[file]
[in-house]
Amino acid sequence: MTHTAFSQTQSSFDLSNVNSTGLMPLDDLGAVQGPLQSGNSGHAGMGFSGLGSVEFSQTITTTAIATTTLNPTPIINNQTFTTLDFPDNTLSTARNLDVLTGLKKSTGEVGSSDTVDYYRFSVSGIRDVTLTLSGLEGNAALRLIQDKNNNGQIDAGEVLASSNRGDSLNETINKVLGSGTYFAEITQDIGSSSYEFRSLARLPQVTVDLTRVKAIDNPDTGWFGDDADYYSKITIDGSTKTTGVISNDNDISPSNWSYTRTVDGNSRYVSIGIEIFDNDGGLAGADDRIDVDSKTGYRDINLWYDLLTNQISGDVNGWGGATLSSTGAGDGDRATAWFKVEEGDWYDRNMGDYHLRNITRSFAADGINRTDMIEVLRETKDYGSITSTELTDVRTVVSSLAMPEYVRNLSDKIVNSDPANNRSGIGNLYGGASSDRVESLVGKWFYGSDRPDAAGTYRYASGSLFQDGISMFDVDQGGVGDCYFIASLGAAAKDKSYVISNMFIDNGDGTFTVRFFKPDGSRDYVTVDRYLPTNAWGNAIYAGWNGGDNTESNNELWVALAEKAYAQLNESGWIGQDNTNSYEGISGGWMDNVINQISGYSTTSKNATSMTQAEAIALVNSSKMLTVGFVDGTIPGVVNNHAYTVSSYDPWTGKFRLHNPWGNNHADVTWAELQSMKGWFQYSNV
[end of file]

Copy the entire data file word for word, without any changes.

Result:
[in-house]
Amino acid sequence: MTHTAFSQTQSSFDLSNVNSTGLMPLDDLGAVQGPLQSGNSGHAGMGFSGLGSVEFSQTITTTAIATTTLNPTPIINNQTFTTLDFPDNTLSTARNLDVLTGLKKSTGEVGSSDTVDYYRFSVSGIRDVTLTLSGLEGNAALRLIQDKNNNGQIDAGEVLASSNRGDSLNETINKVLGSGTYFAEITQDIGSSSYEFRSLARLPQVTVDLTRVKAIDNPDTGWFGDDADYYSKITIDGSTKTTGVISNDNDISPSNWSYTRTVDGNSRYVSIGIEIFDNDGGLAGADDRIDVDSKTGYRDINLWYDLLTNQISGDVNGWGGATLSSTGAGDGDRATAWFKVEEGDWYDRNMGDYHLRNITRSFAADGINRTDMIEVLRETKDYGSITSTELTDVRTVVSSLAMPEYVRNLSDKIVNSDPANNRSGIGNLYGGASSDRVESLVGKWFYGSDRPDAAGTYRYASGSLFQDGISMFDVDQGGVGDCYFIASLGAAAKDKSYVISNMFIDNGDGTFTVRFFKPDGSRDYVTVDRYLPTNAWGNAIYAGWNGGDNTESNNELWVALAEKAYAQLNESGWIGQDNTNSYEGISGGWMDNVINQISGYSTTSKNATSMTQAEAIALVNSSKMLTVGFVDGTIPGVVNNHAYTVSSYDPWTGKFRLHNPWGNNHADVTWAELQSMKGWFQYSNV